"Q What clothing did he have on?

"A He had on, it was a dark jacket, I don't remember, frankly, what color the jacket was. He also had on gold corduroy trousers.

"Q What did you do then?

"A I placed the subject under arrest for armed robbery.

"Q Did you tell them that?

"A Yes, sir.

"Q What did you do then?

"A I proceeded to search the subjects for weapons, they were the ones that committed the armed robbery, as far as we knew.

"Q Did you find anything on them?

"A Yes, sir.

"Q You're talking about on the defendant?

"A Yes, sir, and also Forty-One Dollars down inside of his pants in the front stuffed down in here, and he had Forty-Five Dollars cash in his right-hand pocket and also had four Fifty Cent pieces and also had a Ten Cent piece. "Q Now without going into the details of the other man, and at that time, did you search him?

"A The other defendant?

"Q Yes.

"A Yes, sir.

"Q Did you find any money on him?

"A No, sir.

"Q Not at that time?

"A No, sir.

"Q Did you later?

"A Yes, sir.

"MR. MacMAHON: I object to any testimony other than to Michael Spurlin; he is the only one on trial here today.

"THE COURT: Overruled.

"MR. MacMAHON: We except.

"Q Now, then, you told us about the money, where you found it, you described that on Michael Spurlin?

"A Yes, sir.

"Q What did you do with the defendant?

"A Brought him into custody and brought him to the Police Station.

"Q The money you found on Michael Spurlin, Mr. Flor, what did you do with it? "A Well, I just gathered it up and kept it separate from and I just kept hanging on to it.

"Q Did you deliver this to anybody?

"A I delivered it to the Detectives' Office.

"Q Was that the same night?

"A Yes, sir.

"Q Was that shortly after you brought the defendant in?

"A Yes, sir, they were already down there at the police station when we arrived with the defendant.

"Q I believe you said you turned it over to the Detective Department?

"A Yes.

*762 "Q Do you remember whether or not it was Chief Pate?

"A Yes, sir. Chief Pate and Detective Douglas.

"MR. WILLIAMS: That's all we have right now.



"Q You told us that you were on duty on the 26th of February, 1968; around what time did this arrest take place?

"A Eight-fifteen P.M.

"Q At the time this arrest was made, was this crime being committed in your presence?

"A No, sir.

"Q No crime was being committed in your presence?

"A (Witness indicating moving head back and forth.)

"Q Did you see any attempt to leave the scene of the crime by the defendant here?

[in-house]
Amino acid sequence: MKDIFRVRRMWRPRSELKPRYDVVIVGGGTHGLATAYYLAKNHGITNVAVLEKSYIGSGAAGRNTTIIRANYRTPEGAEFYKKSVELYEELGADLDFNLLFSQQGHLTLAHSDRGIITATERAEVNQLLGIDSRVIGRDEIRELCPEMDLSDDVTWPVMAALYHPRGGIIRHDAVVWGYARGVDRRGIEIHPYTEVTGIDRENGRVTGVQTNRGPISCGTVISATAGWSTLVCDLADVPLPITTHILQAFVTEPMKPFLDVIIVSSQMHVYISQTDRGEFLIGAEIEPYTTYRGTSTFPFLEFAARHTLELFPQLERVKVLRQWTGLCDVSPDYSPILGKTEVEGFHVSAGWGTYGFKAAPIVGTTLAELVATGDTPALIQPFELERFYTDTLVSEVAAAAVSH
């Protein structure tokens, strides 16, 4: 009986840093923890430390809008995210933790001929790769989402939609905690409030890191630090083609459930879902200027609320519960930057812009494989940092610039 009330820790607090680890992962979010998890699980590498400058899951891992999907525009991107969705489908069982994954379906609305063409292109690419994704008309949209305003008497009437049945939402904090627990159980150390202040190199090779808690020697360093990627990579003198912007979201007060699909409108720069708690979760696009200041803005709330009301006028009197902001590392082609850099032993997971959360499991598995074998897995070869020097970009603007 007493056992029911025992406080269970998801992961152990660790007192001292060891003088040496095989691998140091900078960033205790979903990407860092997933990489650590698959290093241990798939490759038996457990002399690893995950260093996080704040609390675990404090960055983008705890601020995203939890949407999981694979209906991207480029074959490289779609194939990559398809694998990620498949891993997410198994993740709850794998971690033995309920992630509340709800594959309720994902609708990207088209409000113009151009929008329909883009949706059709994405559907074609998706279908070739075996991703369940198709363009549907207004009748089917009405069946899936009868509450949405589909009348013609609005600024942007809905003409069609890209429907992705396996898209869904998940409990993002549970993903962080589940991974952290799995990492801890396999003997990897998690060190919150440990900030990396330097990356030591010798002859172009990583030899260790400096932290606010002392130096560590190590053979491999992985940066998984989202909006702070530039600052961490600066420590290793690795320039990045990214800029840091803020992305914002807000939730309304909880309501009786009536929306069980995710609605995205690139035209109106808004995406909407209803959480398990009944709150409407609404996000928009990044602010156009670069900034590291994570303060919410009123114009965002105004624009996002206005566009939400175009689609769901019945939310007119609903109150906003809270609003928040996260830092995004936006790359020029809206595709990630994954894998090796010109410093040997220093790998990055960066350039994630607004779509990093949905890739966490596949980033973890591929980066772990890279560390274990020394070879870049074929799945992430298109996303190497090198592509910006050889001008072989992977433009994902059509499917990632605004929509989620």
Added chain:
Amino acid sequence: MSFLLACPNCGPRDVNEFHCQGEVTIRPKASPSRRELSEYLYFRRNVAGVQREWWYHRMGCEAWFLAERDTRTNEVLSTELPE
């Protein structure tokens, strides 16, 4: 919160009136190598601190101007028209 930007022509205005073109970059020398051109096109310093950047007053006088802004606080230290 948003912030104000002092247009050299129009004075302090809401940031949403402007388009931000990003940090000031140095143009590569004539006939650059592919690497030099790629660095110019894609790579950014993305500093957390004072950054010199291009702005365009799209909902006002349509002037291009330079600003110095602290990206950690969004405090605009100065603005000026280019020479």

"A No, sir.

"Q Did you have a warrant for his arrest?

"A No, sir.

"Q Did you base the information you had received on a reliable informant?

"A Yes, sir.

"Q Somebody you relied on before, that does not work for the police force?

"A He works for the Police Department.

"Q He's not considered a reliable informant, is he?

"A Yes, sir, I call him reliable.

"Q And did you have any probable cause to stop this car and make an arrest; what was the defendant doing of an unusual nature, if anything?

"A The car wasn't doing anything of an unusual nature.

"Q You got the description that that two white male suspects were in a '59 or '60 Chevrolet, isn't that correct?

"A Yes, sir.

"Q What did you say when you arrested them?

"A I told both of them they were under arrest for suspicion of armed robbery. "Q And you told them they were under arrest for suspicion of armed robbery, is that correct?

"A Yes, sir.

"Q So you weren't sure when you made the arrest, that was the automobile in question and you weren't certain these two individuals in the automobile were the persons who were supposed to have robbed the Mountainview Grocery Store, were you?

"A I had enough probable cause to believe they did.

"Q Why did you say suspicion?

"A I suspected they committed the crime.

"Q You thought they did?

"A It's not my job to prove them guilty.

"Q You said suspicion, you weren't sure they were the ones or not, you wanted to protect yourself?

"A In my own mind I thought it was them.

*763 "Q Do you remember this hearing, the preliminary hearing, don't you?

"A The one over at the City Hall?

"Q That's right.

"A Yes.

"Q That you got called about the description of two white men suspects driving a '60 Chevrolet, color blue or green. What did you do after that, you said you were given other identification as to clothing; did they give you anything else that they were wearing?

"A No

"MR. MacMAHON: That's all." (Italics added.)